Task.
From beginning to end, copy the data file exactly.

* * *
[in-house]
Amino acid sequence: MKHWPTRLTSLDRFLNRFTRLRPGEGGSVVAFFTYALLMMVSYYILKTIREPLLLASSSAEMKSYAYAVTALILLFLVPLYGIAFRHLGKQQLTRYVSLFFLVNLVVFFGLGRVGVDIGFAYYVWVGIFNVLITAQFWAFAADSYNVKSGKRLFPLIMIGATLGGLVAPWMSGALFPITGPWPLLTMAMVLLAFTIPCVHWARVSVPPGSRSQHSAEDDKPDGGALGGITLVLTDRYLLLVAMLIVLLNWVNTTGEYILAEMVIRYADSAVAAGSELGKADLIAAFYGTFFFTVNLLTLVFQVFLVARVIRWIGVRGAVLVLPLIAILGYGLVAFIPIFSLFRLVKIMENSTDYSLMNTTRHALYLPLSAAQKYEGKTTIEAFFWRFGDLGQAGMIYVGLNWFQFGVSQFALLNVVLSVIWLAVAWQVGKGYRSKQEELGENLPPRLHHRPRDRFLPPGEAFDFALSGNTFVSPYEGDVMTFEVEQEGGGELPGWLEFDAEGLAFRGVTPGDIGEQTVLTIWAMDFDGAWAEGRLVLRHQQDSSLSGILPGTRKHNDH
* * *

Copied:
[in-house]
Amino acid sequence: MKHWPTRLTSLDRFLNRFTRLRPGEGGSVVAFFTYALLMMVSYYILKTIREPLLLASSSAEMKSYAYAVTALILLFLVPLYGIAFRHLGKQQLTRYVSLFFLVNLVVFFGLGRVGVDIGFAYYVWVGIFNVLITAQFWAFAADSYNVKSGKRLFPLIMIGATLGGLVAPWMSGALFPITGPWPLLTMAMVLLAFTIPCVHWARVSVPPGSRSQHSAEDDKPDGGALGGITLVLTDRYLLLVAMLIVLLNWVNTTGEYILAEMVIRYADSAVAAGSELGKADLIAAFYGTFFFTVNLLTLVFQVFLVARVIRWIGVRGAVLVLPLIAILGYGLVAFIPIFSLFRLVKIMENSTDYSLMNTTRHALYLPLSAAQKYEGKTTIEAFFWRFGDLGQAGMIYVGLNWFQFGVSQFALLNVVLSVIWLAVAWQVGKGYRSKQEELGENLPPRLHHRPRDRFLPPGEAFDFALSGNTFVSPYEGDVMTFEVEQEGGGELPGWLEFDAEGLAFRGVTPGDIGEQTVLTIWAMDFDGAWAEGRLVLRHQQDSSLSGILPGTRKHNDH